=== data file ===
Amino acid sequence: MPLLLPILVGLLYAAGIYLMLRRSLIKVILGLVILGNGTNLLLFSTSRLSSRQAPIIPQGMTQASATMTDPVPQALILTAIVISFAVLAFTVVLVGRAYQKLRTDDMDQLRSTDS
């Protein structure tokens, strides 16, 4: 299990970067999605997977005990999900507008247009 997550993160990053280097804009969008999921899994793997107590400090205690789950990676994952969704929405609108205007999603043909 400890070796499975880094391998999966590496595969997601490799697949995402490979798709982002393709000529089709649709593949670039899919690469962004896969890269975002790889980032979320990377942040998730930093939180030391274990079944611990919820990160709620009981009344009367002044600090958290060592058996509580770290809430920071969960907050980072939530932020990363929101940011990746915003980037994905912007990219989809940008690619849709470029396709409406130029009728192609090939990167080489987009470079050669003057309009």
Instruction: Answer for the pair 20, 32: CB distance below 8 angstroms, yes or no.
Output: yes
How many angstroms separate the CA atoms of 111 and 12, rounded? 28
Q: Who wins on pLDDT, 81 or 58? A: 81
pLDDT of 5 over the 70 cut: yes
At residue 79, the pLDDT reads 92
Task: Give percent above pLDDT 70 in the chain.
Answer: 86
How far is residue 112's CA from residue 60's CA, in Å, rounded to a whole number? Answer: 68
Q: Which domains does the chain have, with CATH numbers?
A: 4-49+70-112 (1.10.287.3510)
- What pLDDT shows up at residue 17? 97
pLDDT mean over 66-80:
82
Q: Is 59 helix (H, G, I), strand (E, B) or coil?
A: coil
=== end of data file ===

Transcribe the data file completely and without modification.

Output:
Amino acid sequence: MPLLLPILVGLLYAAGIYLMLRRSLIKVILGLVILGNGTNLLLFSTSRLSSRQAPIIPQGMTQASATMTDPVPQALILTAIVISFAVLAFTVVLVGRAYQKLRTDDMDQLRSTDS
């Protein structure tokens, strides 16, 4: 299990970067999605997977005990999900507008247009 997550993160990053280097804009969008999921899994793997107590400090205690789950990676994952969704929405609108205007999603043909 400890070796499975880094391998999966590496595969997601490799697949995402490979798709982002393709000529089709649709593949670039899919690469962004896969890269975002790889980032979320990377942040998730930093939180030391274990079944611990919820990160709620009981009344009367002044600090958290060592058996509580770290809430920071969960907050980072939530932020990363929101940011990746915003980037994905912007990219989809940008690619849709470029396709409406130029009728192609090939990167080489987009470079050669003057309009």
Instruction: Answer for the pair 20, 32: CB distance below 8 angstroms, yes or no.
Output: yes
How many angstroms separate the CA atoms of 111 and 12, rounded? 28
Q: Who wins on pLDDT, 81 or 58? A: 81
pLDDT of 5 over the 70 cut: yes
At residue 79, the pLDDT reads 92
Task: Give percent above pLDDT 70 in the chain.
Answer: 86
How far is residue 112's CA from residue 60's CA, in Å, rounded to a whole number? Answer: 68
Q: Which domains does the chain have, with CATH numbers?
A: 4-49+70-112 (1.10.287.3510)
- What pLDDT shows up at residue 17? 97
pLDDT mean over 66-80:
82
Q: Is 59 helix (H, G, I), strand (E, B) or coil?
A: coil